Rio de Janeiro:
An American woman was raped by three men aboard a public van in a six-hour abduction over the weekend that began in the seaside district of Copacabana, the police said.
The attackers pummeled the woman's face and tied up her male companion, a French citizen, then beat him with a metal bar as he witnessed the harrowing assault. The couple were forced to use bank cards to withdraw money from their accounts before the assailants finally freed them at a bus station on the outskirts of Rio de Janeiro.
The assault stunned many in Brazil, especially as Rio tries to promote itself as a city on the mend and prepares to host the 2014 World Cup and 2016 Olympic Games.
"Everyone should be shocked by this horrendous crime," said Aparecida Goncalves, the head of Brazil's national office for combating violence against women. She said that reports of gang rape remained relatively rare in Rio and other parts of Brazil, but that cases of rape on public transportation including buses and subway cars remained a pressing issue in some large cities.
Two men were arrested over the weekend, one of whom, the police said, confessed to the rape of the 21-year-old woman. The police said she had been in Brazil on a student visa. A third suspect was arrested Monday night.
In addition to setting off calls for better policing, the assault led to comparisons in the Brazilian news media to recent episodes in India, including the fatal beating and rape in December of a 23-year-old student on a moving bus in New Delhi, and the gang rape of a Swiss tourist in March in central India.
The number of female tourists to India has recently fallen more than 30 percent as fears over sex crimes in the country persist, the Associated Chambers of Commerce and Industry of India said Monday.
The assault on the American woman here, police investigators said, began early Saturday, just after midnight, when the attackers forced other passengers out of the van, which picks up passengers along the street and can seat about a dozen people. The woman was raped by all three men, who took turns driving the vehicle, the police said.
"It was a gang rape," said Jayme da Costa Rosa Neto, a police official investigating the attack.
After the couple were freed about 6 a.m. Saturday and left at a bus station, the woman was taken to two public hospitals, Miguel Couto and Rocha Maia, for treatment including the administering of a cocktail of drugs containing the morning-after pill, to prevent pregnancy, and other medications to prevent sexually transmitted diseases.
The police said the victim had severe swelling around her nose, and that her companion, 23, had been hit in the area around one of his eyes. The woman left Brazil after registering the crime and undergoing preliminary medical treatment, while her companion remained here, where he is cooperating with the police, said Alexandre Braga, a senior police investigator with Rio's special police unit for crimes involving tourists.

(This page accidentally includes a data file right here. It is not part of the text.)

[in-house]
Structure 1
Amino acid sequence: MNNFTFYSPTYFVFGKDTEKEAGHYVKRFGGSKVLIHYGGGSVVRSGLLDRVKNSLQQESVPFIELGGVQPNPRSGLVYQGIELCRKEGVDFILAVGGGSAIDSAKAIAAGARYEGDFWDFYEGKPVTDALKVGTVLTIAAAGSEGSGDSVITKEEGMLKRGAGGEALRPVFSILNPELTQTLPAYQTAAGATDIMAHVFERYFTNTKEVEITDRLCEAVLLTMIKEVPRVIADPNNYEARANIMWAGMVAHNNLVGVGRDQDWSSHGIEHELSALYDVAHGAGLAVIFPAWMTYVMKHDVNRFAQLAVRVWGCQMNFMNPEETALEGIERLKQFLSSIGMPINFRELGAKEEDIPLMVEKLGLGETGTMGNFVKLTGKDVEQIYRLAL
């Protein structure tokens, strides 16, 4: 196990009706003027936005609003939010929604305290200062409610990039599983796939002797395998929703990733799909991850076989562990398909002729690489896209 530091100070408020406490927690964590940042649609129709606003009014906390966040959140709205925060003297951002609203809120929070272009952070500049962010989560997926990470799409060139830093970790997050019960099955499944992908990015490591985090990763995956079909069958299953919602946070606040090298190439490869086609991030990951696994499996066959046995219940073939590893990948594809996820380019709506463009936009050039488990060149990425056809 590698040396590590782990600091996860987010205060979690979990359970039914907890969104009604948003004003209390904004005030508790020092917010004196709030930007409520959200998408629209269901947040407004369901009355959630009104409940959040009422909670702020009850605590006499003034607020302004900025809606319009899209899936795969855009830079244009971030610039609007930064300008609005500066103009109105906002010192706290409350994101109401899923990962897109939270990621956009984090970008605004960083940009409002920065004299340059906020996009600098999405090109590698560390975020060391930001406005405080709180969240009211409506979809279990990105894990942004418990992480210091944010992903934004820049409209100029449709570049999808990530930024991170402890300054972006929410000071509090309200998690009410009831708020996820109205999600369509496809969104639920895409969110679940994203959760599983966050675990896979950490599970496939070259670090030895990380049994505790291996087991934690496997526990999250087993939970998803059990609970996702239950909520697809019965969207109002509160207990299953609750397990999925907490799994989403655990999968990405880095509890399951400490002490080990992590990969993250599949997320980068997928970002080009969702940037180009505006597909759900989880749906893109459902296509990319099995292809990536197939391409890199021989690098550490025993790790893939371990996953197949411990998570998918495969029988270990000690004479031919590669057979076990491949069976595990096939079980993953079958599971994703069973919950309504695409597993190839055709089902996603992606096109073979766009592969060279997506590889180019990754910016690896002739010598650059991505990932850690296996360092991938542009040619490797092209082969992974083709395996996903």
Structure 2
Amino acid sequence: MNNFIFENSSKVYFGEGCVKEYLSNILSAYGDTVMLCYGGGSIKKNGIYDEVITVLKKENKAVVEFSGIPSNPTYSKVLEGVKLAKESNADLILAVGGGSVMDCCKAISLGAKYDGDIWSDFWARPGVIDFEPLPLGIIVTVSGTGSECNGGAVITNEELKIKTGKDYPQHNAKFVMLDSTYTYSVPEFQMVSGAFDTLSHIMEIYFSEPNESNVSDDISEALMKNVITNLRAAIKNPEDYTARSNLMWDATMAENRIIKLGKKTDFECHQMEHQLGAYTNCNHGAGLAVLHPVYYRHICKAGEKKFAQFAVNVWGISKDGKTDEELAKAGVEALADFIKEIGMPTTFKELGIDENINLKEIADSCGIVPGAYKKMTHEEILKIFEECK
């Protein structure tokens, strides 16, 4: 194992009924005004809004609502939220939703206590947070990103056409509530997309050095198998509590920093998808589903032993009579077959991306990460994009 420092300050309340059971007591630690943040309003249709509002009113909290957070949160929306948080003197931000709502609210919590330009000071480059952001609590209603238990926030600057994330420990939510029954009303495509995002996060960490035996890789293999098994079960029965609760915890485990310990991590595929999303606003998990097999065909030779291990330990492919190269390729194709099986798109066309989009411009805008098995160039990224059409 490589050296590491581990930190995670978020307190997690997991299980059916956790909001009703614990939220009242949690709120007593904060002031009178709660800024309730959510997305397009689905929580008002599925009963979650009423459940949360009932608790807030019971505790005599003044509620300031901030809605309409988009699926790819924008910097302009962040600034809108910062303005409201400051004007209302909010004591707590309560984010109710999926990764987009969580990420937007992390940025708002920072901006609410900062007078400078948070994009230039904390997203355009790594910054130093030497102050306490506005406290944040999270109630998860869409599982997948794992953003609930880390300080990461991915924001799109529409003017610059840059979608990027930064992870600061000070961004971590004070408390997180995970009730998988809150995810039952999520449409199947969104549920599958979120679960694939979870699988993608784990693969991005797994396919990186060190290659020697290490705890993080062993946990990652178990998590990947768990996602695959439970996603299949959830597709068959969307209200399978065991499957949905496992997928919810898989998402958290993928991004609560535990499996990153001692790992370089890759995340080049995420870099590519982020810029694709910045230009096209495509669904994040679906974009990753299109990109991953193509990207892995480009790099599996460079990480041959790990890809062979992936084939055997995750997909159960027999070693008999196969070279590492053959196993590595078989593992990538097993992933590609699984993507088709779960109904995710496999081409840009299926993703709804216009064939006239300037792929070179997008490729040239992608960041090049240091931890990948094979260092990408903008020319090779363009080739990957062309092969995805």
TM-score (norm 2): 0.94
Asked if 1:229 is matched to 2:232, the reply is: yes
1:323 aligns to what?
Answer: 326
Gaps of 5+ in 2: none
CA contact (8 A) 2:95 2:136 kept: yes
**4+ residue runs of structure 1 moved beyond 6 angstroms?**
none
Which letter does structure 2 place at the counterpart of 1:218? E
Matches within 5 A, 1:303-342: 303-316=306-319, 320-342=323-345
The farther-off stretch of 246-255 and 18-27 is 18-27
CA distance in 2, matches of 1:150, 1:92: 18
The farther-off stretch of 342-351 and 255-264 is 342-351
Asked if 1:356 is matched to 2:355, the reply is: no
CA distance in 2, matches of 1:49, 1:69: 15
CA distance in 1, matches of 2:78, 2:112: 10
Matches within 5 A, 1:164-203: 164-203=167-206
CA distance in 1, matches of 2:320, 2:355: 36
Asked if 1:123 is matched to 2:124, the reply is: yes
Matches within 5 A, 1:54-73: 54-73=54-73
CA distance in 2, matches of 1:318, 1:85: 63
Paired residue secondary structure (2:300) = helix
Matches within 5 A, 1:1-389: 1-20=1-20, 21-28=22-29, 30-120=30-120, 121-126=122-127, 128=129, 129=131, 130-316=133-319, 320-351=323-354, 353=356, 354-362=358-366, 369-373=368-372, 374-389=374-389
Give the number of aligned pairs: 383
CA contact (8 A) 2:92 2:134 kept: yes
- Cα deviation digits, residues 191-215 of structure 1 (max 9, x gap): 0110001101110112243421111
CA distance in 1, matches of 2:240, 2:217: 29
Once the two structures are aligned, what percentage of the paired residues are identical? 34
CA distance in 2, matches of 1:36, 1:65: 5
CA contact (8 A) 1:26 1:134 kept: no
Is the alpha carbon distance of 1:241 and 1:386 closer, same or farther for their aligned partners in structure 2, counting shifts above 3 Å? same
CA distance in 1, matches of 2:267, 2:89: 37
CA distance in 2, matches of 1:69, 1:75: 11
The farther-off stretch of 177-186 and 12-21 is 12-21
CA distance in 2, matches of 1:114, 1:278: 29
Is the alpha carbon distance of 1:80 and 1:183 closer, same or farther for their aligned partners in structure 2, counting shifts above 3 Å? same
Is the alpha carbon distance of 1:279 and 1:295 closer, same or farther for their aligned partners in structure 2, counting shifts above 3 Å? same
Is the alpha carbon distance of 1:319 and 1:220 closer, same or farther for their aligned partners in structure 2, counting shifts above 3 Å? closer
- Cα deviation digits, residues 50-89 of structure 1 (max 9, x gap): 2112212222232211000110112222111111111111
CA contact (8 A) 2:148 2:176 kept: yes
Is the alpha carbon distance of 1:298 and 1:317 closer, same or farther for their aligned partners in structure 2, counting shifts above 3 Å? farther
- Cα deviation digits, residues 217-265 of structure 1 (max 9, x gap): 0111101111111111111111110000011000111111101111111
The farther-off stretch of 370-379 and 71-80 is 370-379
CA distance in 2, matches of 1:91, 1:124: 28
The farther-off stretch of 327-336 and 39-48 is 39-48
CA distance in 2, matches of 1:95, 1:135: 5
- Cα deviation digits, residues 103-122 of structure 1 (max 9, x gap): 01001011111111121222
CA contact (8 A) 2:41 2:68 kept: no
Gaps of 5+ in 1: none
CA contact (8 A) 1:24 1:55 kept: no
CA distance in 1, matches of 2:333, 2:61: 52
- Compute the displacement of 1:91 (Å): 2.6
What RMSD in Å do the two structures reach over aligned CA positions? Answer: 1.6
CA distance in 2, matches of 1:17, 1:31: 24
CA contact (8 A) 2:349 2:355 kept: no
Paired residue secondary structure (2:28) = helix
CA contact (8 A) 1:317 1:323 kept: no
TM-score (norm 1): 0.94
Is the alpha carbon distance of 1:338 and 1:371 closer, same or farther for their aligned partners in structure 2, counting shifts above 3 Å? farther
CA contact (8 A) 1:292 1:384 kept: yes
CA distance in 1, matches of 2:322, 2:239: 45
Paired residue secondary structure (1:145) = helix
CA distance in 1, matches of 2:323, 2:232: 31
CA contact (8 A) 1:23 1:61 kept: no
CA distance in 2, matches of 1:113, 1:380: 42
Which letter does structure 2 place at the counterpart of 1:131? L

The two men in custody were arrested after investigators tracked purchases made with the victims' credit cards, which were stolen by the assailants, and examining images obtained from security cameras at a filling station and convenience store where the men had stopped to buy energy drinks and whiskey.
After news of the arrests was broadcast Sunday night on Fantastico, a widely viewed news program on the Globo television network, other people here came forward to tell the police they recognized the assailants in connection with other crimes, largely robberies, aboard what appeared to be the same transport van.
One 21-year-old Brazilian student said she had similarly been held for an hour and raped by the same men on March 23, after boarding the van.
The revelation of that previous episode seemed to have shaken the public security forces here. The victim had quickly registered the case with the police, but the authorities were said to have slowly investigated the claim.
Two police officials in charge of investigating the March 23 case were abruptly removed from their posts Monday.
Brazil has recently grappled with other high-profile cases of gang rape, including one episode last year in Queimadas, a city in the northeast Paraiba state, in which six men were convicted of raping five women at a birthday party. Two of the women were killed after recognizing their attackers.
More broadly, reports of rape in Brazil have climbed significantly since 2009, when the nation's criminal code was changed to expand the legal definition of rape to include crimes involving anal penetration. More than 5,300 people, about 90 percent of whom are women, registered cases of rape in the first six months of 2012, an increase of more than 150 percent since 2009.
Goncalves, the federal official in charge of combating violence against women, said much of the increase in reports of rape involved efforts to encourage victims to report the crimes. "Women are more courageous about coming forward with what happened to them than in the past," she said.
© 2013, The New York Times News Service